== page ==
John, thanks for refreshing this. I'd hoped somebody else who knows more on the subject might help. I can't find any reference to the Wexford Carol(s) ever having been in the native Irish language, but from the information I've seen it seems likely that the version Brían heard is a modern translation. Possibly a request for information to Raidió na Gaeltachta might help out here.
In the meantime here is some information about the Wexford Carol(s) as there doesn't seem be anything in the DT or Forum.
This page gives a list of publications about the Wexford Carols, while this book Folklore of County Wexford edited by Drs Diarmaid Ó Muirithe and Deirdre Nuttall, 1999 also contains some information about the carols.
The particular song generally known as "The Wexford Carol" is the one beginning "Good people all, this Christmas time" from The Oxford Book of Carols (No. 14). The editors' notes state that the carol was "kindly communicated...by Dr. Grattan Flood. The words (subsequently revised) and tune were taken down from a traditional singer in County Wexford. The words seem to have come from England..."
This carol belongs to a group of carols still sung in the village of Kilmore, Wexford to this day and some useful information is given in The Companion to Irish Traditional Music ed. Fintan Vallely, Cork University Press, 1999. The article (summarised below) is based on Diarmaid Ó Muirithe's book, The Wexford Carol.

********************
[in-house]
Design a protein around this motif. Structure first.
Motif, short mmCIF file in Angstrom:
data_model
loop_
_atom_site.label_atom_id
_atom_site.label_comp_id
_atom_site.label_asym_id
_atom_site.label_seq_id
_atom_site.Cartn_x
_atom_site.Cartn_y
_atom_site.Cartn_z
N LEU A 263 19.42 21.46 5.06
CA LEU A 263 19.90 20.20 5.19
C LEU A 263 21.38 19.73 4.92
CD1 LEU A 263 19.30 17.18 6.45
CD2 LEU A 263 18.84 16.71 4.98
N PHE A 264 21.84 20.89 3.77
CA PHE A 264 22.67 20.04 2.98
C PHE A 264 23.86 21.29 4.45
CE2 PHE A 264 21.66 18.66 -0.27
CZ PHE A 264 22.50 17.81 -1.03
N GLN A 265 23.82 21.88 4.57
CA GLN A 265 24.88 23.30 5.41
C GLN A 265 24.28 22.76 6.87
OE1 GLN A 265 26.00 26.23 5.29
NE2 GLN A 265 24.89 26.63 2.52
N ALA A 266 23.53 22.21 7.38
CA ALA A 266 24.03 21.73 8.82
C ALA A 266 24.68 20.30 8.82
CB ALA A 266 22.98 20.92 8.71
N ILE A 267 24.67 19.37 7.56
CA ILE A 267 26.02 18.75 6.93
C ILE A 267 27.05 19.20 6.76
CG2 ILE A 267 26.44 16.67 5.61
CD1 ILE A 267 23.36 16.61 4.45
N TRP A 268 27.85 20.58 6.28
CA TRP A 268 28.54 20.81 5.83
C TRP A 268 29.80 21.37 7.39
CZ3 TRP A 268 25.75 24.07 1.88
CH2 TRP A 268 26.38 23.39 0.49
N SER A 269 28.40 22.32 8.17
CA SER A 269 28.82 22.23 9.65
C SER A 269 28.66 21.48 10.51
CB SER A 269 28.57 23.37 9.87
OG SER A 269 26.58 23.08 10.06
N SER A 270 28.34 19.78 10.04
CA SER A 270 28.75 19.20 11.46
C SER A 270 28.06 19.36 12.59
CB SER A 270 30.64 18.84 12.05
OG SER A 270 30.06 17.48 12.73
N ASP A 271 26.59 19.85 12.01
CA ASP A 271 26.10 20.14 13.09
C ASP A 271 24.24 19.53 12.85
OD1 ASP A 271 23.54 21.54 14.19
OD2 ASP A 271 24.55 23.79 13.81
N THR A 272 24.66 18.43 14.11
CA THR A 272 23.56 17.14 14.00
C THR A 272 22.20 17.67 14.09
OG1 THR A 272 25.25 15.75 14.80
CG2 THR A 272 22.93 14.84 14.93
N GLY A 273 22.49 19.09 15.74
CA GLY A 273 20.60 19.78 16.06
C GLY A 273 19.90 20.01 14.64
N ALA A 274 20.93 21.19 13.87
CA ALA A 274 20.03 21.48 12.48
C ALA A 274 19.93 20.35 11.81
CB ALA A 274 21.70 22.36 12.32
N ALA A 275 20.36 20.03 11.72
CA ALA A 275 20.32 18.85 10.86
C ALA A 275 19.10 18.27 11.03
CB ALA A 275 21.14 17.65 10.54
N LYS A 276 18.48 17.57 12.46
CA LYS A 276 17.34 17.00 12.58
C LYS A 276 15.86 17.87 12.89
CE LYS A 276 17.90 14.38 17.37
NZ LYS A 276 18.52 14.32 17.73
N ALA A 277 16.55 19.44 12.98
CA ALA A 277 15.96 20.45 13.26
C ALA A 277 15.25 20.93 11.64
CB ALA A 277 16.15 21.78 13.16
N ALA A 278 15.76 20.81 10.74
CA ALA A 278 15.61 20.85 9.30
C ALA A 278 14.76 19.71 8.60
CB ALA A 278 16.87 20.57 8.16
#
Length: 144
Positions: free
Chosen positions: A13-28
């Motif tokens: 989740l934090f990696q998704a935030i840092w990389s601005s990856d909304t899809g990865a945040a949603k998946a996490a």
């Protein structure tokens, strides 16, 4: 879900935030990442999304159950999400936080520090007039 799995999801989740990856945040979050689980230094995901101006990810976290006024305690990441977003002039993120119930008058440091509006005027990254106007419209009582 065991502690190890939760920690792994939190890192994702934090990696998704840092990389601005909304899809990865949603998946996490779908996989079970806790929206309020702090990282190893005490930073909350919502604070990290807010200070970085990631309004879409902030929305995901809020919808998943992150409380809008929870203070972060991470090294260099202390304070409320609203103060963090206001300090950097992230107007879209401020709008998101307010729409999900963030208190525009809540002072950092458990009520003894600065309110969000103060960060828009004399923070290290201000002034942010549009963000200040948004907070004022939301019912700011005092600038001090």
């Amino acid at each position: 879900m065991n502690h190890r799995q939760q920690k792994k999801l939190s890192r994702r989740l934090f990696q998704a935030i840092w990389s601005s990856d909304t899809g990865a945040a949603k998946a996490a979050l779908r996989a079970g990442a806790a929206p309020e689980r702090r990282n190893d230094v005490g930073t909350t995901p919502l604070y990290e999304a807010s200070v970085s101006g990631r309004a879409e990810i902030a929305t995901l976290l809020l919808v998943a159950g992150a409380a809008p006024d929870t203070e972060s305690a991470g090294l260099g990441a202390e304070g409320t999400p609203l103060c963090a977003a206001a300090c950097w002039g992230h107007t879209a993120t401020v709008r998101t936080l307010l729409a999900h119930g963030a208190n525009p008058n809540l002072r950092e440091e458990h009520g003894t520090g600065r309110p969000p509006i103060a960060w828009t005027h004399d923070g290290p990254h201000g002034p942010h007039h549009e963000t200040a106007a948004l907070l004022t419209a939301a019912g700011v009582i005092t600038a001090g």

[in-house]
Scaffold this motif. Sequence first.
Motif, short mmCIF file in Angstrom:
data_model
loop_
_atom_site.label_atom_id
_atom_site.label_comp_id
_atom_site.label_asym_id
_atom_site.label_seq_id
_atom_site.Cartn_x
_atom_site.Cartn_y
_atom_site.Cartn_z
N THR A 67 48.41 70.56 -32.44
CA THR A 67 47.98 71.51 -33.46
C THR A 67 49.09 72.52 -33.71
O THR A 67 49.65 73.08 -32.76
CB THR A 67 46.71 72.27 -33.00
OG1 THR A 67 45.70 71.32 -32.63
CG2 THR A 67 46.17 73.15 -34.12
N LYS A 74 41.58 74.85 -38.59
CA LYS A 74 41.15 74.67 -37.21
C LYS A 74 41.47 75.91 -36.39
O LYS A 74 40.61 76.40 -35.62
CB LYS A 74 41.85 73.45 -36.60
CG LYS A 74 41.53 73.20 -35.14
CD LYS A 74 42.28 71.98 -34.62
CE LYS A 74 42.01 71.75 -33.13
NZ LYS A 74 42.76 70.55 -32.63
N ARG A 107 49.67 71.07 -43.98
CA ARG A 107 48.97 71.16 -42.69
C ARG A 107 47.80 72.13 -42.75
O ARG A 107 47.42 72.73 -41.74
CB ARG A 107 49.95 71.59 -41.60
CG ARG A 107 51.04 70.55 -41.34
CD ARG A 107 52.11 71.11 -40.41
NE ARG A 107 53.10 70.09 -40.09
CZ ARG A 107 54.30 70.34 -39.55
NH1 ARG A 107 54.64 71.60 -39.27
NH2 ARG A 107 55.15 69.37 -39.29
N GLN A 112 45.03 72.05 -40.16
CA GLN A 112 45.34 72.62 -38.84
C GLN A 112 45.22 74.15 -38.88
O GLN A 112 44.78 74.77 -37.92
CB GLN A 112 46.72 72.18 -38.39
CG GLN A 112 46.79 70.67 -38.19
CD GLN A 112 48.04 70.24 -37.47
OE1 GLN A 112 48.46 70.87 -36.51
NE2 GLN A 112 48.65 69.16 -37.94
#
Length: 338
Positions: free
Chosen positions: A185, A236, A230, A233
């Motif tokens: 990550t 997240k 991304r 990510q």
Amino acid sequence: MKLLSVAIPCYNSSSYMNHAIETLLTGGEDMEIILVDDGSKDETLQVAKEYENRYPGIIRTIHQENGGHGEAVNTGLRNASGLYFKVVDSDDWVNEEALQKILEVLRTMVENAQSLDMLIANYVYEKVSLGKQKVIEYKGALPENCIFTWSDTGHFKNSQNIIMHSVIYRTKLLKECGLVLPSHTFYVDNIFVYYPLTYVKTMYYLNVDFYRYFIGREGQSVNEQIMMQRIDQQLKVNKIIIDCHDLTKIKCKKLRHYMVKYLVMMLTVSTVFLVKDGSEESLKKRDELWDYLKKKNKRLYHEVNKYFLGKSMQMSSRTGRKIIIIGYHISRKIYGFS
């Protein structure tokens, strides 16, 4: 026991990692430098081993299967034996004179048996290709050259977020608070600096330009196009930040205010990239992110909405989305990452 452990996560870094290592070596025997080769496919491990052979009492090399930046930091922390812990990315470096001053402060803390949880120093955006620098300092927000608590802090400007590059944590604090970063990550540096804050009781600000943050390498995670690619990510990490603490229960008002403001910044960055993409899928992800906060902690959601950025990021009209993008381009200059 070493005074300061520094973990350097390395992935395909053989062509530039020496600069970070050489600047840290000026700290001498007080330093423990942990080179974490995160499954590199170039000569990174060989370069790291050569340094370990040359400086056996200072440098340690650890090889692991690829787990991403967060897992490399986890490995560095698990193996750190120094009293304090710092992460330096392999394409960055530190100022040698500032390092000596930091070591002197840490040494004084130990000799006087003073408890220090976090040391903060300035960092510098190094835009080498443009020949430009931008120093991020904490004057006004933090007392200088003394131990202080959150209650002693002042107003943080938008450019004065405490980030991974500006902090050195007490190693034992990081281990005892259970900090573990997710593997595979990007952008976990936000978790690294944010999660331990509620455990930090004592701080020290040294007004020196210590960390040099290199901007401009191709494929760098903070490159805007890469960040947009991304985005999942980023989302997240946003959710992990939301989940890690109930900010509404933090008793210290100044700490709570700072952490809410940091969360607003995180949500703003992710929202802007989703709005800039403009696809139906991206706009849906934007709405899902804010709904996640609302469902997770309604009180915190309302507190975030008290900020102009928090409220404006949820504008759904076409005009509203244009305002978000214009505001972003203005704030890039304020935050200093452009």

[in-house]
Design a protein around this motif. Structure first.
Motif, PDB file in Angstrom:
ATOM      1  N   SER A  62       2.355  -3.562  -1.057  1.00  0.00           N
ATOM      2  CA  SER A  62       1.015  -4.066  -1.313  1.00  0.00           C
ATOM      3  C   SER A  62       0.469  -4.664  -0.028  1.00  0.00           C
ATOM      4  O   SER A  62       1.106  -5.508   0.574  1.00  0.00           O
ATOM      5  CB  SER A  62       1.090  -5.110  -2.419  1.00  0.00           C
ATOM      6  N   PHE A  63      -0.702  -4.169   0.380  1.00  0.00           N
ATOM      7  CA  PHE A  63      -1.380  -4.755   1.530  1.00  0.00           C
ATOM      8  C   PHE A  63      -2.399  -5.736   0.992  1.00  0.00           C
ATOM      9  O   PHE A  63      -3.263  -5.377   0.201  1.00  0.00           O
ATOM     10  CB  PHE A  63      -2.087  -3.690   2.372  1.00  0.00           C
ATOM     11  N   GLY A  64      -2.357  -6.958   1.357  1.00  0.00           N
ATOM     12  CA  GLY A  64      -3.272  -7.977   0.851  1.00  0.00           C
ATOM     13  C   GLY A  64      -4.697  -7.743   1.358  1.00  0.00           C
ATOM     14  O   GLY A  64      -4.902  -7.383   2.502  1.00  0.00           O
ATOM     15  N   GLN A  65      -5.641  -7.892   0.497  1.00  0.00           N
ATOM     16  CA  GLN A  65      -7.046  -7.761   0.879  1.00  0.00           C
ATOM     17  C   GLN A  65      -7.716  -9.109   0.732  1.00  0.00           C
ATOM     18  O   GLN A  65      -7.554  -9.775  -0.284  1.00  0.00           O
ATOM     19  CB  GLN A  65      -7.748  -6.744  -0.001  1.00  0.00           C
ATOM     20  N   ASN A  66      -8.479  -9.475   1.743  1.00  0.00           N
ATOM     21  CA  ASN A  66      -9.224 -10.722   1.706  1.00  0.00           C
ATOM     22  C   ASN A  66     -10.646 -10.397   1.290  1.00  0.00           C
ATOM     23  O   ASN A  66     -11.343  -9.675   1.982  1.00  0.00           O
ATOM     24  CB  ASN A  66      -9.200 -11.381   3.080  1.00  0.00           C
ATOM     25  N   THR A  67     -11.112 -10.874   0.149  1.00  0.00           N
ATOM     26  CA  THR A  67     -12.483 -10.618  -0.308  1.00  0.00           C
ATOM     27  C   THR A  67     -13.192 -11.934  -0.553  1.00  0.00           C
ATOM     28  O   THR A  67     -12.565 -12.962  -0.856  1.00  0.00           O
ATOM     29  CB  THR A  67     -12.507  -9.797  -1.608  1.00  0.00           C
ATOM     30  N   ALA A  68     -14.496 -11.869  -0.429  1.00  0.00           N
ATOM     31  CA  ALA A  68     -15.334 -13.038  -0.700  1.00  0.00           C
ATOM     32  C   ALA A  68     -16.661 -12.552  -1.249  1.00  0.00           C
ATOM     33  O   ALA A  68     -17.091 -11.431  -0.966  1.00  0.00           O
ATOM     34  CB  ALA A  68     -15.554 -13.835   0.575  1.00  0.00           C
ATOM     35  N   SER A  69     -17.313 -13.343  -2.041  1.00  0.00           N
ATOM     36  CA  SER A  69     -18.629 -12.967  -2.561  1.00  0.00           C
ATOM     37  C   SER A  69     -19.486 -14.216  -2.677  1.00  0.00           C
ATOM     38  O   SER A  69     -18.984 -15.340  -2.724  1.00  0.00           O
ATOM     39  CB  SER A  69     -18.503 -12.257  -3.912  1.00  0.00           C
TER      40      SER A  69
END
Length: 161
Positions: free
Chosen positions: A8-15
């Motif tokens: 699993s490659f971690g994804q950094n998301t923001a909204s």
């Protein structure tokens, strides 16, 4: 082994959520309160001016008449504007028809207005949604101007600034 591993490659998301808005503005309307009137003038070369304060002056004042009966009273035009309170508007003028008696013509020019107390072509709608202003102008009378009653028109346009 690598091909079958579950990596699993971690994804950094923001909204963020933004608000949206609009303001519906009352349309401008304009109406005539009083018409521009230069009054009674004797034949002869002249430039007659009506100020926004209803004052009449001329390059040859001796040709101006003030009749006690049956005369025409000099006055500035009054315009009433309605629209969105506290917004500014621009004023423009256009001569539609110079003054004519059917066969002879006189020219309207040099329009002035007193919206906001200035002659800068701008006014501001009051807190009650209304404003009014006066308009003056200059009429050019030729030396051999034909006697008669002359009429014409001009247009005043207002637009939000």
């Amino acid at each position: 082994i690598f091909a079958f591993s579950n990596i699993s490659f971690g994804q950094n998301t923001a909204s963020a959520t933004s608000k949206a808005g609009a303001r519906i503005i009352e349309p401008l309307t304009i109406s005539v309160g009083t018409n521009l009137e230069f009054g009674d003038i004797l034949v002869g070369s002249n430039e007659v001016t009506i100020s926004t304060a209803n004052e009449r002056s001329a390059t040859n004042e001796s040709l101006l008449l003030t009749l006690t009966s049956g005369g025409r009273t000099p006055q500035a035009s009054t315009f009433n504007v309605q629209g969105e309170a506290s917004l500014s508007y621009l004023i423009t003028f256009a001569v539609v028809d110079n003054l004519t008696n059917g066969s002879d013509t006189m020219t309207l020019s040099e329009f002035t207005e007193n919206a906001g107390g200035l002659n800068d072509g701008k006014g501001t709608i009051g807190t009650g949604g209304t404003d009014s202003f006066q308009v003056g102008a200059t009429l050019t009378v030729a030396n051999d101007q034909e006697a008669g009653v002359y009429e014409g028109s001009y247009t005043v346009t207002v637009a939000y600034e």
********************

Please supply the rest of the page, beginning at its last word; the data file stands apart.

The original set of eleven Christmas songs in A Smale Garland of Pious and Godly Songs was published in Ghent in 1684 by Luke Wadding, the Catholic Bishop of Ferns, and a member of one of the principal Anglo-Norman families of Wexford. These songs were the foundation of a tradition of carol-singing in the county of Wexford.
After Wadding's death the tradition was given new impetus by the manuscript collection of carols made by the parish priest of Drinagh, Fr William Devereux, in 1728. It is this collection, A New Garland Containing Songs for Christmas, which is the basis of the continuing tradition in the village of Kilmore where the choir still maintains the custom 'that there must be a Devereux among the carol singers'.